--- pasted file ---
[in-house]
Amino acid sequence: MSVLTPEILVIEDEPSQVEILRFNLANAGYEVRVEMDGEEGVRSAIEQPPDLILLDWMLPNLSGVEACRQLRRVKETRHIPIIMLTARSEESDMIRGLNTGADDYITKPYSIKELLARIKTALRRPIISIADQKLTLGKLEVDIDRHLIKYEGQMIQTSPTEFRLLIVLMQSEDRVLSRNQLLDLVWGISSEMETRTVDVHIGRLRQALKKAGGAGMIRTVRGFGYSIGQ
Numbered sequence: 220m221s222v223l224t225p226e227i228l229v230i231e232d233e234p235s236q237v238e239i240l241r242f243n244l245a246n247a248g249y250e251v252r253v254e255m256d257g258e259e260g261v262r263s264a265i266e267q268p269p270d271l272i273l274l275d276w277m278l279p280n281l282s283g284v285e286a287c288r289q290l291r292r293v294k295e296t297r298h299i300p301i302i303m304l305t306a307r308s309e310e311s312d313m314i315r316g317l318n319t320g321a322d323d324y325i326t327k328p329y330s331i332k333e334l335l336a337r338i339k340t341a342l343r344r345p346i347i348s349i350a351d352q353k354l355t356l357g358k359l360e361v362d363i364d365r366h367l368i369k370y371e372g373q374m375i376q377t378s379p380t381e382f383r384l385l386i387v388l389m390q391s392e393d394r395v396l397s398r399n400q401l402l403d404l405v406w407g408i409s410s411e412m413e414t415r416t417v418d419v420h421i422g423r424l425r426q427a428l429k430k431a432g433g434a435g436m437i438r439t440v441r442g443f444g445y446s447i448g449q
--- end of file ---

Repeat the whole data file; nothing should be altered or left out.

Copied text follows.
[in-house]
Amino acid sequence: MSVLTPEILVIEDEPSQVEILRFNLANAGYEVRVEMDGEEGVRSAIEQPPDLILLDWMLPNLSGVEACRQLRRVKETRHIPIIMLTARSEESDMIRGLNTGADDYITKPYSIKELLARIKTALRRPIISIADQKLTLGKLEVDIDRHLIKYEGQMIQTSPTEFRLLIVLMQSEDRVLSRNQLLDLVWGISSEMETRTVDVHIGRLRQALKKAGGAGMIRTVRGFGYSIGQ
Numbered sequence: 220m221s222v223l224t225p226e227i228l229v230i231e232d233e234p235s236q237v238e239i240l241r242f243n244l245a246n247a248g249y250e251v252r253v254e255m256d257g258e259e260g261v262r263s264a265i266e267q268p269p270d271l272i273l274l275d276w277m278l279p280n281l282s283g284v285e286a287c288r289q290l291r292r293v294k295e296t297r298h299i300p301i302i303m304l305t306a307r308s309e310e311s312d313m314i315r316g317l318n319t320g321a322d323d324y325i326t327k328p329y330s331i332k333e334l335l336a337r338i339k340t341a342l343r344r345p346i347i348s349i350a351d352q353k354l355t356l357g358k359l360e361v362d363i364d365r366h367l368i369k370y371e372g373q374m375i376q377t378s379p380t381e382f383r384l385l386i387v388l389m390q391s392e393d394r395v396l397s398r399n400q401l402l403d404l405v406w407g408i409s410s411e412m413e414t415r416t417v418d419v420h421i422g423r424l425r426q427a428l429k430k431a432g433g434a435g436m437i438r439t440v441r442g443f444g445y446s447i448g449q